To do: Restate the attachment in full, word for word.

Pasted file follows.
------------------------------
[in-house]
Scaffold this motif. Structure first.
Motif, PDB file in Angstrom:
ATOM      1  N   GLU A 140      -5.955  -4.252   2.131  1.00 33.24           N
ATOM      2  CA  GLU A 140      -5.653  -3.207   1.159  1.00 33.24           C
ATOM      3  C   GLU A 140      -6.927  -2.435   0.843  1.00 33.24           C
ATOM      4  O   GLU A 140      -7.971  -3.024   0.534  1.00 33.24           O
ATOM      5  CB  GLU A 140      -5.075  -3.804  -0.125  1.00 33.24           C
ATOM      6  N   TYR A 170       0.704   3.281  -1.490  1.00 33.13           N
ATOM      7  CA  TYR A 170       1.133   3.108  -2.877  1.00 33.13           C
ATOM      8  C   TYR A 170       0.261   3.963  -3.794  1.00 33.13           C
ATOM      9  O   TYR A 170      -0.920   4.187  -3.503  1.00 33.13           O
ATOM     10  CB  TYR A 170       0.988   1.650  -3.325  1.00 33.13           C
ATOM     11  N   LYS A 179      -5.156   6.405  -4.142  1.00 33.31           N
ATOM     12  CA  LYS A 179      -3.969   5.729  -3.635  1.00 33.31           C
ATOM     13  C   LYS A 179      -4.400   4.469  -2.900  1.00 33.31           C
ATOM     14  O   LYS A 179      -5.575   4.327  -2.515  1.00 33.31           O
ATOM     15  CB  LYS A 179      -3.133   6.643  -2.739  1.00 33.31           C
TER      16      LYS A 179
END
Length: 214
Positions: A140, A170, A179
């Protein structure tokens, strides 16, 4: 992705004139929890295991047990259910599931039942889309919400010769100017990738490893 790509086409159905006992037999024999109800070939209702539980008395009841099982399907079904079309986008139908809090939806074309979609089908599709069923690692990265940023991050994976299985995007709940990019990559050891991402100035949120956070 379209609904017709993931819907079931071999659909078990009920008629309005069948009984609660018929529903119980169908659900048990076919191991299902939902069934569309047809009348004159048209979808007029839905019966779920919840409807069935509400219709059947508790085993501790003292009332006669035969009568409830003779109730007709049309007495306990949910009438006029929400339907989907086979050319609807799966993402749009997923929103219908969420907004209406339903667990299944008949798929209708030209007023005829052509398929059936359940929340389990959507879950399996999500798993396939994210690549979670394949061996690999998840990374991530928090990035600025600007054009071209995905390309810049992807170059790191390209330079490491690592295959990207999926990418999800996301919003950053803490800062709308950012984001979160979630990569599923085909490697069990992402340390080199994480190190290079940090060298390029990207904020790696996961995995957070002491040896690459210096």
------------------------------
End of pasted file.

[in-house]
Scaffold this motif. Structure first.
Motif, PDB file in Angstrom:
ATOM      1  N   GLU A 140      -5.955  -4.252   2.131  1.00 33.24           N
ATOM      2  CA  GLU A 140      -5.653  -3.207   1.159  1.00 33.24           C
ATOM      3  C   GLU A 140      -6.927  -2.435   0.843  1.00 33.24           C
ATOM      4  O   GLU A 140      -7.971  -3.024   0.534  1.00 33.24           O
ATOM      5  CB  GLU A 140      -5.075  -3.804  -0.125  1.00 33.24           C
ATOM      6  N   TYR A 170       0.704   3.281  -1.490  1.00 33.13           N
ATOM      7  CA  TYR A 170       1.133   3.108  -2.877  1.00 33.13           C
ATOM      8  C   TYR A 170       0.261   3.963  -3.794  1.00 33.13           C
ATOM      9  O   TYR A 170      -0.920   4.187  -3.503  1.00 33.13           O
ATOM     10  CB  TYR A 170       0.988   1.650  -3.325  1.00 33.13           C
ATOM     11  N   LYS A 179      -5.156   6.405  -4.142  1.00 33.31           N
ATOM     12  CA  LYS A 179      -3.969   5.729  -3.635  1.00 33.31           C
ATOM     13  C   LYS A 179      -4.400   4.469  -2.900  1.00 33.31           C
ATOM     14  O   LYS A 179      -5.575   4.327  -2.515  1.00 33.31           O
ATOM     15  CB  LYS A 179      -3.133   6.643  -2.739  1.00 33.31           C
TER      16      LYS A 179
END
Length: 214
Positions: A140, A170, A179
């Protein structure tokens, strides 16, 4: 992705004139929890295991047990259910599931039942889309919400010769100017990738490893 790509086409159905006992037999024999109800070939209702539980008395009841099982399907079904079309986008139908809090939806074309979609089908599709069923690692990265940023991050994976299985995007709940990019990559050891991402100035949120956070 379209609904017709993931819907079931071999659909078990009920008629309005069948009984609660018929529903119980169908659900048990076919191991299902939902069934569309047809009348004159048209979808007029839905019966779920919840409807069935509400219709059947508790085993501790003292009332006669035969009568409830003779109730007709049309007495306990949910009438006029929400339907989907086979050319609807799966993402749009997923929103219908969420907004209406339903667990299944008949798929209708030209007023005829052509398929059936359940929340389990959507879950399996999500798993396939994210690549979670394949061996690999998840990374991530928090990035600025600007054009071209995905390309810049992807170059790191390209330079490491690592295959990207999926990418999800996301919003950053803490800062709308950012984001979160979630990569599923085909490697069990992402340390080199994480190190290079940090060298390029990207904020790696996961995995957070002491040896690459210096």